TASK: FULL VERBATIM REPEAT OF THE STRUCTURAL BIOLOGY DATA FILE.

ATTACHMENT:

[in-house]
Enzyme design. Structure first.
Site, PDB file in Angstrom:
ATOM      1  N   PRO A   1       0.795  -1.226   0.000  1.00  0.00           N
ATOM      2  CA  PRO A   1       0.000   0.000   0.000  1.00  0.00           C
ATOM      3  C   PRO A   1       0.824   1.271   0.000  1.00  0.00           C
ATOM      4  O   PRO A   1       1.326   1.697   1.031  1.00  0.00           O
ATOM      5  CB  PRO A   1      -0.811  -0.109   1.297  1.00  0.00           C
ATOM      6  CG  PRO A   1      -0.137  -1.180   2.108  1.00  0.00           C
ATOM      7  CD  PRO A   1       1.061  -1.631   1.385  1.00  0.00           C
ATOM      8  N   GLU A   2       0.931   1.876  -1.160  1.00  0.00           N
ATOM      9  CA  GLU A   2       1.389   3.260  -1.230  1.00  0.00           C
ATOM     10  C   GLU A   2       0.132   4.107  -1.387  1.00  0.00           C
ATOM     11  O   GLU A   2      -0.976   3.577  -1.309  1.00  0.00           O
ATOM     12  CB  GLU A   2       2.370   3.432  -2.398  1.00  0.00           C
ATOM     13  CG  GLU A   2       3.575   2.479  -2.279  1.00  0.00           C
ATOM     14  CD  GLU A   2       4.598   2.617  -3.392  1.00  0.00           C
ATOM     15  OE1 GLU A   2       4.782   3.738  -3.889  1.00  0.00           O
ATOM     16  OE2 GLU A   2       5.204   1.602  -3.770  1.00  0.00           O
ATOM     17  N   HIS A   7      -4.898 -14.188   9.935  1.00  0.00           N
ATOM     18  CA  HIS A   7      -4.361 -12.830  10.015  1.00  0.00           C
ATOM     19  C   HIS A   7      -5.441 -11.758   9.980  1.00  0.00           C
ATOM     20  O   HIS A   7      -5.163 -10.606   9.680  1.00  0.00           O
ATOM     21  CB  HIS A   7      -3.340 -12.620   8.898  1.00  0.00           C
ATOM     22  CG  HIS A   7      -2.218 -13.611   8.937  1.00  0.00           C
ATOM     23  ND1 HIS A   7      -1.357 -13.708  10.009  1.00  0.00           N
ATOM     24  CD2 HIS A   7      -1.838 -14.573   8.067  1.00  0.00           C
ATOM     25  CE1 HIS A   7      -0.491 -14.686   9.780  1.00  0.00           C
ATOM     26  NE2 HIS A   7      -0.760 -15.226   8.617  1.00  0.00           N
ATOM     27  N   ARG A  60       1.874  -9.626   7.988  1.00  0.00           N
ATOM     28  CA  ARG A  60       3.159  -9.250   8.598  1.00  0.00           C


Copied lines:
[in-house]
Enzyme design. Structure first.
Site, PDB file in Angstrom:
ATOM      1  N   PRO A   1       0.795  -1.226   0.000  1.00  0.00           N
ATOM      2  CA  PRO A   1       0.000   0.000   0.000  1.00  0.00           C
ATOM      3  C   PRO A   1       0.824   1.271   0.000  1.00  0.00           C
ATOM      4  O   PRO A   1       1.326   1.697   1.031  1.00  0.00           O
ATOM      5  CB  PRO A   1      -0.811  -0.109   1.297  1.00  0.00           C
ATOM      6  CG  PRO A   1      -0.137  -1.180   2.108  1.00  0.00           C
ATOM      7  CD  PRO A   1       1.061  -1.631   1.385  1.00  0.00           C
ATOM      8  N   GLU A   2       0.931   1.876  -1.160  1.00  0.00           N
ATOM      9  CA  GLU A   2       1.389   3.260  -1.230  1.00  0.00           C
ATOM     10  C   GLU A   2       0.132   4.107  -1.387  1.00  0.00           C
ATOM     11  O   GLU A   2      -0.976   3.577  -1.309  1.00  0.00           O
ATOM     12  CB  GLU A   2       2.370   3.432  -2.398  1.00  0.00           C
ATOM     13  CG  GLU A   2       3.575   2.479  -2.279  1.00  0.00           C
ATOM     14  CD  GLU A   2       4.598   2.617  -3.392  1.00  0.00           C
ATOM     15  OE1 GLU A   2       4.782   3.738  -3.889  1.00  0.00           O
ATOM     16  OE2 GLU A   2       5.204   1.602  -3.770  1.00  0.00           O
ATOM     17  N   HIS A   7      -4.898 -14.188   9.935  1.00  0.00           N
ATOM     18  CA  HIS A   7      -4.361 -12.830  10.015  1.00  0.00           C
ATOM     19  C   HIS A   7      -5.441 -11.758   9.980  1.00  0.00           C
ATOM     20  O   HIS A   7      -5.163 -10.606   9.680  1.00  0.00           O
ATOM     21  CB  HIS A   7      -3.340 -12.620   8.898  1.00  0.00           C
ATOM     22  CG  HIS A   7      -2.218 -13.611   8.937  1.00  0.00           C
ATOM     23  ND1 HIS A   7      -1.357 -13.708  10.009  1.00  0.00           N
ATOM     24  CD2 HIS A   7      -1.838 -14.573   8.067  1.00  0.00           C
ATOM     25  CE1 HIS A   7      -0.491 -14.686   9.780  1.00  0.00           C
ATOM     26  NE2 HIS A   7      -0.760 -15.226   8.617  1.00  0.00           N
ATOM     27  N   ARG A  60       1.874  -9.626   7.988  1.00  0.00           N
ATOM     28  CA  ARG A  60       3.159  -9.250   8.598  1.00  0.00           C